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Published at Jul 13 2018
·
10 comments

Instructions

Test suite

Solution

Find the difference between the square of the sum and the sum of the squares of the first N natural numbers.

The square of the sum of the first ten natural numbers is (1 + 2 + ... + 10)Â² = 55Â² = 3025.

The sum of the squares of the first ten natural numbers is 1Â² + 2Â² + ... + 10Â² = 385.

Hence the difference between the square of the sum of the first ten natural numbers and the sum of the squares of the first ten natural numbers is 3025 - 385 = 2640.

For installation and learning resources, refer to the exercism help page.

For running the tests provided, you will need the Minitest gem. Open a terminal window and run the following command to install minitest:

```
gem install minitest
```

If you would like color output, you can `require 'minitest/pride'`

in
the test file, or note the alternative instruction, below, for running
the test file.

Run the tests from the exercise directory using the following command:

```
ruby difference_of_squares_test.rb
```

To include color from the command line:

```
ruby -r minitest/pride difference_of_squares_test.rb
```

Problem 6 at Project Euler http://projecteuler.net/problem=6

It's possible to submit an incomplete solution so you can see how others have completed the exercise.

```
require 'minitest/autorun'
require_relative 'difference_of_squares'
# Common test data version: 1.1.0 7a1108b
class DifferenceOfSquaresTest < Minitest::Test
def test_square_of_sum_1
# skip
assert_equal 1, Squares.new(1).square_of_sum
end
def test_square_of_sum_5
skip
assert_equal 225, Squares.new(5).square_of_sum
end
def test_square_of_sum_100
skip
assert_equal 25_502_500, Squares.new(100).square_of_sum
end
def test_sum_of_squares_1
skip
assert_equal 1, Squares.new(1).sum_of_squares
end
def test_sum_of_squares_5
skip
assert_equal 55, Squares.new(5).sum_of_squares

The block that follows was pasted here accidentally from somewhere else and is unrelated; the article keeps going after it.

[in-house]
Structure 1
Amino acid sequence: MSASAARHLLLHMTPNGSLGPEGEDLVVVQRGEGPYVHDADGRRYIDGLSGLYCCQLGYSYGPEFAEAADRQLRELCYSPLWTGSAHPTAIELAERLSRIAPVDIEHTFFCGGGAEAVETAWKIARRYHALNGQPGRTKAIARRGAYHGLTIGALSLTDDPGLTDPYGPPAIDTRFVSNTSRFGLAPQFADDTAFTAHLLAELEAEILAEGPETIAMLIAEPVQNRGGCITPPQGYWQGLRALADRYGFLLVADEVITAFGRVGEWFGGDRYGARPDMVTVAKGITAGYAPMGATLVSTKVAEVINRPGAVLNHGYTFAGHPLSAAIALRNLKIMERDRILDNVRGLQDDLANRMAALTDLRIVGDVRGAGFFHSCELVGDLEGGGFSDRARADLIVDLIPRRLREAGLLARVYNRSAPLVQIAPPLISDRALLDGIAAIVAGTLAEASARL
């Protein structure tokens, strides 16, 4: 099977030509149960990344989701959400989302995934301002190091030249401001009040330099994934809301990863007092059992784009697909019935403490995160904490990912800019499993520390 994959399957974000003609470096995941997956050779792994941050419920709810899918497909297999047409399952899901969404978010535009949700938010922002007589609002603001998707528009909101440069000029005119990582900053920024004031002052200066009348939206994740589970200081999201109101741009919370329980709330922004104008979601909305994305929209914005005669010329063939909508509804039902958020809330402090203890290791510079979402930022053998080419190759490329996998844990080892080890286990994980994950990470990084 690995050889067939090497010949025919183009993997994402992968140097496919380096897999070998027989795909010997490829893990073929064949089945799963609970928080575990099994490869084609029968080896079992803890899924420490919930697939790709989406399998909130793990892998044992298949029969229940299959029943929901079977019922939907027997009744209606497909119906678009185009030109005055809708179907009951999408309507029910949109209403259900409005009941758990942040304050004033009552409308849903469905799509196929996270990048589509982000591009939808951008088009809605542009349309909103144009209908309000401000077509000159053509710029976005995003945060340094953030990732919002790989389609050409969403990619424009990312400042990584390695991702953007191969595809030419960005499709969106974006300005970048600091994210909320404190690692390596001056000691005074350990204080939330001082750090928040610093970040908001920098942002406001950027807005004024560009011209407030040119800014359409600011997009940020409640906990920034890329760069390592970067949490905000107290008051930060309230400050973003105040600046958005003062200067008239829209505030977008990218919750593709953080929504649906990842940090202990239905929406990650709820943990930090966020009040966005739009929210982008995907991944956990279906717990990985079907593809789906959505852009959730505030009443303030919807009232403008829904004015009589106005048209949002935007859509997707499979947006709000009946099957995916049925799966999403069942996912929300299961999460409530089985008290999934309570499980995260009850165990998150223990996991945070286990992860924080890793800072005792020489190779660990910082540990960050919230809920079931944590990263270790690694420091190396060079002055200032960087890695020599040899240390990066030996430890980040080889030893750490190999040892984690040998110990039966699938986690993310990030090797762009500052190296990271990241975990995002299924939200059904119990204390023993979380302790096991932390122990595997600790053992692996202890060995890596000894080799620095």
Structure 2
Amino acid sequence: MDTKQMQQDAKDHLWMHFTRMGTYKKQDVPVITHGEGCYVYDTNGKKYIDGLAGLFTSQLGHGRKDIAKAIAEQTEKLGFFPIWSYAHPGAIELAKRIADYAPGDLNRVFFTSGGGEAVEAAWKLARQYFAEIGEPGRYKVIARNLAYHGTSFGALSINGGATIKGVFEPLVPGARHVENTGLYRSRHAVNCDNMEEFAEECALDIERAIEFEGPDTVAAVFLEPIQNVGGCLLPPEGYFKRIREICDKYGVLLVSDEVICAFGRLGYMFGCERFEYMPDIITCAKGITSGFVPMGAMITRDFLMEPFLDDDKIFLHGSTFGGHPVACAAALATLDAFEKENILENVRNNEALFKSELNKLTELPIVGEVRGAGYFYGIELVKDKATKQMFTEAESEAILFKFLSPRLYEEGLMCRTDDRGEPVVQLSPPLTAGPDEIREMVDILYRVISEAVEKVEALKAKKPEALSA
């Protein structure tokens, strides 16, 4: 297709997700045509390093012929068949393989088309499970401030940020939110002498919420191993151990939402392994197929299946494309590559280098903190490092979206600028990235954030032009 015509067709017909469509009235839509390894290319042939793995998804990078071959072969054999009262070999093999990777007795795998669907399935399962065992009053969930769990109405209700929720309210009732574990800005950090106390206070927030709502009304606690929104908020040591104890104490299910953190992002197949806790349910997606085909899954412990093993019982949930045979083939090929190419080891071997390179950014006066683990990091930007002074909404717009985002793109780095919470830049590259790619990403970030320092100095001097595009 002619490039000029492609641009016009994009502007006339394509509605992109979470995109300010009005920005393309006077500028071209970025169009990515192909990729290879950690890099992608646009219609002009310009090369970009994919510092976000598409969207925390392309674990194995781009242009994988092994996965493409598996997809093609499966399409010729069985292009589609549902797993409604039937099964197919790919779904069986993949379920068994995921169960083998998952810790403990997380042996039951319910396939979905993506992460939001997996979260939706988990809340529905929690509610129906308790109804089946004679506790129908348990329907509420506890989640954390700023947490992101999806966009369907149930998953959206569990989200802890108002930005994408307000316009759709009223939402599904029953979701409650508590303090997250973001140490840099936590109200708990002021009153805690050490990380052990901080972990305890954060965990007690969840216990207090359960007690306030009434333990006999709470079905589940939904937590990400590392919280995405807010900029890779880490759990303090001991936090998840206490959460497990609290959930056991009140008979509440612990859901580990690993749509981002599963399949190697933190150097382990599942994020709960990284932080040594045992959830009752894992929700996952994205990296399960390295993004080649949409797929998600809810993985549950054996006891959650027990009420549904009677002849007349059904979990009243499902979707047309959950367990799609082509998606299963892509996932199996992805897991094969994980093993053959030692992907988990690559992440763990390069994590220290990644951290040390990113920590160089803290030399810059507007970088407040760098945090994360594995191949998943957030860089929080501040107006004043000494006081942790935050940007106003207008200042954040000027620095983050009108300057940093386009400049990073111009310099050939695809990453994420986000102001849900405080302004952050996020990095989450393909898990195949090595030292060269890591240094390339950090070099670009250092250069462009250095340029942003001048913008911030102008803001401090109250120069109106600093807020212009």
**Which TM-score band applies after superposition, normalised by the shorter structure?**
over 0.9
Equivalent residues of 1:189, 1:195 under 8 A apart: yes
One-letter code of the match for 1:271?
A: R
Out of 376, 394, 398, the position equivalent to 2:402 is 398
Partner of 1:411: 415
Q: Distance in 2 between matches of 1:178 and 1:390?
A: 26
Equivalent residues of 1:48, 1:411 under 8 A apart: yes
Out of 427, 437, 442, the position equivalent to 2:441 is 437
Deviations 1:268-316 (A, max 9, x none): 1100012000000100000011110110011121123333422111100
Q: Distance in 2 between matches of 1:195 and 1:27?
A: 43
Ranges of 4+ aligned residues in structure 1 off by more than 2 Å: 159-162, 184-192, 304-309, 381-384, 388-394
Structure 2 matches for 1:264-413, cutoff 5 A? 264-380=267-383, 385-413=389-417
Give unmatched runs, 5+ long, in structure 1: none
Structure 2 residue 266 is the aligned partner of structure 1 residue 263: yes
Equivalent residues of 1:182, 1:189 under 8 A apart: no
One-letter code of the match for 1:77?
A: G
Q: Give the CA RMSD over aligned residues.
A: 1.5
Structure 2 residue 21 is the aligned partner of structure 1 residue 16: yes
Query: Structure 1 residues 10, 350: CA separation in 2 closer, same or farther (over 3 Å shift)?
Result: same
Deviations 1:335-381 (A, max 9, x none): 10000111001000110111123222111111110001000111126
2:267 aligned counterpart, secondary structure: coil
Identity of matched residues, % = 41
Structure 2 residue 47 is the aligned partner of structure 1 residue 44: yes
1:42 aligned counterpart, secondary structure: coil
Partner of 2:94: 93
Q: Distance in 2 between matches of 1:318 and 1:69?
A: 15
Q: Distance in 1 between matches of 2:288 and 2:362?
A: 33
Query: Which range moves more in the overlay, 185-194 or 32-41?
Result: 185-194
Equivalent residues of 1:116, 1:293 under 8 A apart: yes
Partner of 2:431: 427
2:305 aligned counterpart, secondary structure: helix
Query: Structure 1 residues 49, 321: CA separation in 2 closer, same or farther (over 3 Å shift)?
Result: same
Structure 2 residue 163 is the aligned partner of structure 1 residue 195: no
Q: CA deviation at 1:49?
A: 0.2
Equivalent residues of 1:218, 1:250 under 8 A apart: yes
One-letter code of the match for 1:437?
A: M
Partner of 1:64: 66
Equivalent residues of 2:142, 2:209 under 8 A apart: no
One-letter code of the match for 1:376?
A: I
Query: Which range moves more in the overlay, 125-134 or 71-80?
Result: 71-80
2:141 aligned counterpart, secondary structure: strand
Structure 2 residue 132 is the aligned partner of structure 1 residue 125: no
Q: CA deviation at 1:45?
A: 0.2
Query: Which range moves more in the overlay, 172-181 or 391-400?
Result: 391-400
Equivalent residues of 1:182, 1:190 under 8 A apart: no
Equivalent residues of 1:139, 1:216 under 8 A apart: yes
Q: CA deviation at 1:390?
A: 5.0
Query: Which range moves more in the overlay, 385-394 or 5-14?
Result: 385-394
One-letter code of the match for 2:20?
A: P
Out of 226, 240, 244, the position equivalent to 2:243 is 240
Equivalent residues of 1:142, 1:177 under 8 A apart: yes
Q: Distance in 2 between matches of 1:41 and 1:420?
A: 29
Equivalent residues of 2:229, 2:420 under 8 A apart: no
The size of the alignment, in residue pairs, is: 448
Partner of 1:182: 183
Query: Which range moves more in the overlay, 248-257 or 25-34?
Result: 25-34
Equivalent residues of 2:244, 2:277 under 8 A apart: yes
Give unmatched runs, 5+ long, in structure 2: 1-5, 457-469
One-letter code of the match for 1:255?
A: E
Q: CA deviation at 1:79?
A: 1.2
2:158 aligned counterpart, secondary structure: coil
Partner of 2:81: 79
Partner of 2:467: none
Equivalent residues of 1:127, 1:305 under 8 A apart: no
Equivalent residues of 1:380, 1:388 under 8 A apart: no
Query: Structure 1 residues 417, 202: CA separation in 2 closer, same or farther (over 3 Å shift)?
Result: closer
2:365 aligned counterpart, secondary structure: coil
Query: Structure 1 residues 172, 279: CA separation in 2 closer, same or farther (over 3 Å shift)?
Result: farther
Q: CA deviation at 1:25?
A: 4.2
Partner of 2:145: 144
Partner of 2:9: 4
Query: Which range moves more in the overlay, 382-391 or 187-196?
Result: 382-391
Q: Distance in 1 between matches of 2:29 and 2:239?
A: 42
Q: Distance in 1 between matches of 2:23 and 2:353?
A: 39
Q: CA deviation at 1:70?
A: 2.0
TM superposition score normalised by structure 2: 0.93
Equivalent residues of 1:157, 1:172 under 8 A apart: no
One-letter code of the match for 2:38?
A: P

end
def test_sum_of_squares_100
skip
assert_equal 338_350, Squares.new(100).sum_of_squares
end
def test_difference_of_squares_1
skip
assert_equal 0, Squares.new(1).difference
end
def test_difference_of_squares_5
skip
assert_equal 170, Squares.new(5).difference
end
def test_difference_of_squares_100
skip
assert_equal 25_164_150, Squares.new(100).difference
end
# Problems in exercism evolve over time, as we find better ways to ask
# questions.
# The version number refers to the version of the problem you solved,
# not your solution.
#
# Define a constant named VERSION inside of the top level BookKeeping
# module, which may be placed near the end of your file.
#
# In your file, it will look like this:
#
# module BookKeeping
# VERSION = 1 # Where the version number matches the one in the test.
# end
#
# If you are curious, read more about constants on RubyDoc:
# http://ruby-doc.org/docs/ruby-doc-bundle/UsersGuide/rg/constants.html
def test_bookkeeping
skip
assert_equal 4, BookKeeping::VERSION
end
end
```

```
class Squares
attr_reader :n
def initialize(n)
@n = n
end
def square_of_sums
((n + 1) * n / 2)**2
end
def sum_of_squares
n * (n + 1) * (2*n + 1) / 6
end
def difference
# Fun:
# If you like you can factor out a term of sum to make this marginally
# faster to compute:
# n(n + 1) / 2 <- sum
# n(n + 1)(2n + 1) / 6 <- sum_of_squares
# n(n + 1)/2 * ((2n+1)/3)
# sum * (2n + 1)/3
# ------------------------------------------------
# sum * sum - sum * (2n + 1)/3 = sum - (2n + 1)/3 <- difference
square_of_sums - sum_of_squares
end
end
```

A huge amount can be learned from reading other peopleâ€™s code. This is why we wanted to give exercism users the option of making their solutions public.

Here are some questions to help you reflect on this solution and learn the most from it.

- What compromises have been made?
- Are there new concepts here that you could read more about to improve your understanding?

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## Community comments

For some reason I wasn't using the attr_reader.

I always go back and forth between defining initialize and attr_reader and just using < Struct.new(:n). Do you have a reason for doing it this way? I would be interested to know.